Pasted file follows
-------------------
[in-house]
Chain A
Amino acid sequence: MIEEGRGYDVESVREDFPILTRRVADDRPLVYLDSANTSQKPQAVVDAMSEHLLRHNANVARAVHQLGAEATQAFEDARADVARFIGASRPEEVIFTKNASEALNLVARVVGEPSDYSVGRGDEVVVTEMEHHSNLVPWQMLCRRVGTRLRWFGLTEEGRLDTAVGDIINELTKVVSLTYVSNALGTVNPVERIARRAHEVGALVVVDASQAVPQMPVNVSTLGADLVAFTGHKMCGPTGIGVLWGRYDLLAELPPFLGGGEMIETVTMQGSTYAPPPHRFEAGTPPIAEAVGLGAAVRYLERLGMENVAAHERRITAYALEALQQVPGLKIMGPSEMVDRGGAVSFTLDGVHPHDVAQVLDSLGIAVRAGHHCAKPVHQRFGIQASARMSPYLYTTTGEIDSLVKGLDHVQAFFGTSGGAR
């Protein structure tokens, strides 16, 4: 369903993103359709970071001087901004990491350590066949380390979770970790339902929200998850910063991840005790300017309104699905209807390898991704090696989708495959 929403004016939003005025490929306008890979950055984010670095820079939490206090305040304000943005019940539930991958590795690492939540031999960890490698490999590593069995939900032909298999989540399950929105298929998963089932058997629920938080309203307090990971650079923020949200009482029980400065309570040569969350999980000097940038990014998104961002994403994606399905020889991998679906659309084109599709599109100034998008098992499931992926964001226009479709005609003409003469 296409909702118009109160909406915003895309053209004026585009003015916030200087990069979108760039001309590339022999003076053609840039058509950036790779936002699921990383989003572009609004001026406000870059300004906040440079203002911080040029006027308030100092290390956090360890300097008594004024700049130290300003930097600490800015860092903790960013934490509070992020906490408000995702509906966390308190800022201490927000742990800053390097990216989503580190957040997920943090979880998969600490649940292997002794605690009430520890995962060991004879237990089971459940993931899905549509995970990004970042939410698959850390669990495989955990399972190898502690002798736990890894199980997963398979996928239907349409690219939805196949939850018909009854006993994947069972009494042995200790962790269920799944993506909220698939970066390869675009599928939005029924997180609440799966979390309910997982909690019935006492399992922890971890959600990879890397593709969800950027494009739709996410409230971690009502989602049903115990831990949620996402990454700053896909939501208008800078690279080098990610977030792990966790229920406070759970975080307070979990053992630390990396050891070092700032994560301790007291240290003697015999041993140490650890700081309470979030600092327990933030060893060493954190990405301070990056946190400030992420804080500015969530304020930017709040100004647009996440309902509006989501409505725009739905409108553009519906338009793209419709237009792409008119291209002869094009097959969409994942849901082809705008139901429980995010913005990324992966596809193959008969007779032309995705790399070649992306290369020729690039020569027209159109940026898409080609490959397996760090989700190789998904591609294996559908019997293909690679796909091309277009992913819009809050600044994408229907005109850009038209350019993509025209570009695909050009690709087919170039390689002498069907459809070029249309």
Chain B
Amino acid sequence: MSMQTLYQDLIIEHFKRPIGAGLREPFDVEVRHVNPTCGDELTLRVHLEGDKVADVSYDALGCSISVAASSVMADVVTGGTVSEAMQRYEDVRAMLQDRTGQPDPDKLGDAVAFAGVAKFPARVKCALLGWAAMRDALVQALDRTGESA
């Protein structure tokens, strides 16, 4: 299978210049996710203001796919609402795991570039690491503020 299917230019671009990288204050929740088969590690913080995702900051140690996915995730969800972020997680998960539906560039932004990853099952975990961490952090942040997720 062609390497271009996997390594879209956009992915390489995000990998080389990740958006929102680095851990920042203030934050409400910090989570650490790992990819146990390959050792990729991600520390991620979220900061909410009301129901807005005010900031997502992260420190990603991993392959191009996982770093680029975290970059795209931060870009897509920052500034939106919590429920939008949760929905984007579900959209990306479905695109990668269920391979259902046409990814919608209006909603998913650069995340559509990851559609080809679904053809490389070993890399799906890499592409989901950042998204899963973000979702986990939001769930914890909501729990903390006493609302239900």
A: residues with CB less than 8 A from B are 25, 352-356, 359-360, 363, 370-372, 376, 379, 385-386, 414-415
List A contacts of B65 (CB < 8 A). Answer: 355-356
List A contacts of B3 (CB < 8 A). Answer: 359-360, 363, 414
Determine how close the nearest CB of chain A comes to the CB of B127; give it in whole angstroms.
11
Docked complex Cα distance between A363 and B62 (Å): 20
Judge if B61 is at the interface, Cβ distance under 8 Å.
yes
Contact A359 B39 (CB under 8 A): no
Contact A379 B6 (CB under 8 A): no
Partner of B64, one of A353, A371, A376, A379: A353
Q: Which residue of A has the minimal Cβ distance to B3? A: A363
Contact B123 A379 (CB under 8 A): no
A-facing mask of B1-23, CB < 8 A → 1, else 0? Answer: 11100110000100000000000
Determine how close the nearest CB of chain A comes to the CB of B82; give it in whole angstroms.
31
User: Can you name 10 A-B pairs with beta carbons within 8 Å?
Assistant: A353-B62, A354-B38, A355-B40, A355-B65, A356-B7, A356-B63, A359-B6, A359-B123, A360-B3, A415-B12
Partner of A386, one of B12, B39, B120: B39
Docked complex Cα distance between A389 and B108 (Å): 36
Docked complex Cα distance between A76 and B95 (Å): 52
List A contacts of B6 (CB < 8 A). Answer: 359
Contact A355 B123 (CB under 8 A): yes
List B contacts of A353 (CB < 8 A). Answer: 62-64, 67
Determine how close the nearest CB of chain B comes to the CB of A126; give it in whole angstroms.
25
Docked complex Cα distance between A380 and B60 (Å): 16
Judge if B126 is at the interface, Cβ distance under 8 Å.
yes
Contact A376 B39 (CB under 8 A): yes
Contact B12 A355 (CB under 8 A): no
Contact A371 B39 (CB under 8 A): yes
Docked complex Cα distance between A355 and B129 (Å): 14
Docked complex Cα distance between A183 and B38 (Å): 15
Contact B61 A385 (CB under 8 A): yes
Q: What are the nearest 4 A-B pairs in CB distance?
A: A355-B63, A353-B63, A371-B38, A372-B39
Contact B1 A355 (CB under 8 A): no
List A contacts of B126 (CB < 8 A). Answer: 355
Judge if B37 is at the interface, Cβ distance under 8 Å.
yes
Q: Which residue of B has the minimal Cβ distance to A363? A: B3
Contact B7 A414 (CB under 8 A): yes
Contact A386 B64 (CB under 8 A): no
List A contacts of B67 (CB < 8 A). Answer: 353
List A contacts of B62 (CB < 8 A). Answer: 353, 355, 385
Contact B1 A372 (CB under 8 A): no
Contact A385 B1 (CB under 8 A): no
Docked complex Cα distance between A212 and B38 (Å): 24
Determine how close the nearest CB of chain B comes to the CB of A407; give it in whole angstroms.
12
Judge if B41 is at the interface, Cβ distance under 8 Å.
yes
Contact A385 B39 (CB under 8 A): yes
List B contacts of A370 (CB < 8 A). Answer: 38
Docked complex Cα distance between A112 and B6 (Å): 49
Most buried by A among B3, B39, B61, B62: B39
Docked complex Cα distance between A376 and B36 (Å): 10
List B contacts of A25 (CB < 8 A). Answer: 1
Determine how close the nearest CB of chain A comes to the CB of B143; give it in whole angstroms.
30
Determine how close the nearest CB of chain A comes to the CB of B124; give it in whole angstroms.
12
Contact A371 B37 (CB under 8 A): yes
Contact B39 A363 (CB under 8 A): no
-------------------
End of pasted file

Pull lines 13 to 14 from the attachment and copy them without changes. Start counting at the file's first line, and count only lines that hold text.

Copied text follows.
Docked complex Cα distance between A363 and B62 (Å): 20
Judge if B61 is at the interface, Cβ distance under 8 Å.